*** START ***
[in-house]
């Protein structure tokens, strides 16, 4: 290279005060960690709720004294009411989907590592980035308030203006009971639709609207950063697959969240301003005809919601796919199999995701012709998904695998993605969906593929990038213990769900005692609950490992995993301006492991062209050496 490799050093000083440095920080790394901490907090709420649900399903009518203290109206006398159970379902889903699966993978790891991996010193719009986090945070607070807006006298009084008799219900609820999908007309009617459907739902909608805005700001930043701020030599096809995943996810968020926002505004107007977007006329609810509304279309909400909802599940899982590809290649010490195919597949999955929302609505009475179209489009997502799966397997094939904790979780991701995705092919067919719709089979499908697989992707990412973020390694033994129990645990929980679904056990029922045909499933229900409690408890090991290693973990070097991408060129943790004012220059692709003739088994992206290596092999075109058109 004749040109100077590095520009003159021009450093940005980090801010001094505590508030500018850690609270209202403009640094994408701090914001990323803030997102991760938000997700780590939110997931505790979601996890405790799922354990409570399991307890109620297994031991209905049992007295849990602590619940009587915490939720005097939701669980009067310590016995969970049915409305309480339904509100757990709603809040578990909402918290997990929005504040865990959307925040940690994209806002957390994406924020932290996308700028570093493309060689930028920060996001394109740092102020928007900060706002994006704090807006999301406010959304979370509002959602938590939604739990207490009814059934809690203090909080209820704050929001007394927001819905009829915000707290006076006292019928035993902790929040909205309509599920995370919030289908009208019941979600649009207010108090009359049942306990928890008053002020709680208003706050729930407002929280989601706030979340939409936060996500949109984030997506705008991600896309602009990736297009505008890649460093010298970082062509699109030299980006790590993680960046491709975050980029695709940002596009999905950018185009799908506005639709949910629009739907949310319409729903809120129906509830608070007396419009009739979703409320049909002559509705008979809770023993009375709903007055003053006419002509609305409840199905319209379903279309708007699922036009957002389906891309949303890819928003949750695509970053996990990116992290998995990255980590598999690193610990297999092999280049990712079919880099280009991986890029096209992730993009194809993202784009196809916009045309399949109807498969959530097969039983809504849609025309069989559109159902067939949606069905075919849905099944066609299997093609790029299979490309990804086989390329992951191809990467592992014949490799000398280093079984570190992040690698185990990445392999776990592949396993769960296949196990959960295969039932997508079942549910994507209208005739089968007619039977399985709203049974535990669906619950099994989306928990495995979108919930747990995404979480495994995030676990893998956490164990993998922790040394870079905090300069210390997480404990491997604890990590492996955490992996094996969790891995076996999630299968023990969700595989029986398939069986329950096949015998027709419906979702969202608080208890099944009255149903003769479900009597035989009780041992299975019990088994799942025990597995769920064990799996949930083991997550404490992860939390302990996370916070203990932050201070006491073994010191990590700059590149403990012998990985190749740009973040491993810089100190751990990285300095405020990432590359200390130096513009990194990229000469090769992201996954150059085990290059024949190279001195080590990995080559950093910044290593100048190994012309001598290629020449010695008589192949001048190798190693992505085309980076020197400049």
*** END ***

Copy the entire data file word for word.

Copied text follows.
[in-house]
């Protein structure tokens, strides 16, 4: 290279005060960690709720004294009411989907590592980035308030203006009971639709609207950063697959969240301003005809919601796919199999995701012709998904695998993605969906593929990038213990769900005692609950490992995993301006492991062209050496 490799050093000083440095920080790394901490907090709420649900399903009518203290109206006398159970379902889903699966993978790891991996010193719009986090945070607070807006006298009084008799219900609820999908007309009617459907739902909608805005700001930043701020030599096809995943996810968020926002505004107007977007006329609810509304279309909400909802599940899982590809290649010490195919597949999955929302609505009475179209489009997502799966397997094939904790979780991701995705092919067919719709089979499908697989992707990412973020390694033994129990645990929980679904056990029922045909499933229900409690408890090991290693973990070097991408060129943790004012220059692709003739088994992206290596092999075109058109 004749040109100077590095520009003159021009450093940005980090801010001094505590508030500018850690609270209202403009640094994408701090914001990323803030997102991760938000997700780590939110997931505790979601996890405790799922354990409570399991307890109620297994031991209905049992007295849990602590619940009587915490939720005097939701669980009067310590016995969970049915409305309480339904509100757990709603809040578990909402918290997990929005504040865990959307925040940690994209806002957390994406924020932290996308700028570093493309060689930028920060996001394109740092102020928007900060706002994006704090807006999301406010959304979370509002959602938590939604739990207490009814059934809690203090909080209820704050929001007394927001819905009829915000707290006076006292019928035993902790929040909205309509599920995370919030289908009208019941979600649009207010108090009359049942306990928890008053002020709680208003706050729930407002929280989601706030979340939409936060996500949109984030997506705008991600896309602009990736297009505008890649460093010298970082062509699109030299980006790590993680960046491709975050980029695709940002596009999905950018185009799908506005639709949910629009739907949310319409729903809120129906509830608070007396419009009739979703409320049909002559509705008979809770023993009375709903007055003053006419002509609305409840199905319209379903279309708007699922036009957002389906891309949303890819928003949750695509970053996990990116992290998995990255980590598999690193610990297999092999280049990712079919880099280009991986890029096209992730993009194809993202784009196809916009045309399949109807498969959530097969039983809504849609025309069989559109159902067939949606069905075919849905099944066609299997093609790029299979490309990804086989390329992951191809990467592992014949490799000398280093079984570190992040690698185990990445392999776990592949396993769960296949196990959960295969039932997508079942549910994507209208005739089968007619039977399985709203049974535990669906619950099994989306928990495995979108919930747990995404979480495994995030676990893998956490164990993998922790040394870079905090300069210390997480404990491997604890990590492996955490992996094996969790891995076996999630299968023990969700595989029986398939069986329950096949015998027709419906979702969202608080208890099944009255149903003769479900009597035989009780041992299975019990088994799942025990597995769920064990799996949930083991997550404490992860939390302990996370916070203990932050201070006491073994010191990590700059590149403990012998990985190749740009973040491993810089100190751990990285300095405020990432590359200390130096513009990194990229000469090769992201996954150059085990290059024949190279001195080590990995080559950093910044290593100048190994012309001598290629020449010695008589192949001048190798190693992505085309980076020197400049």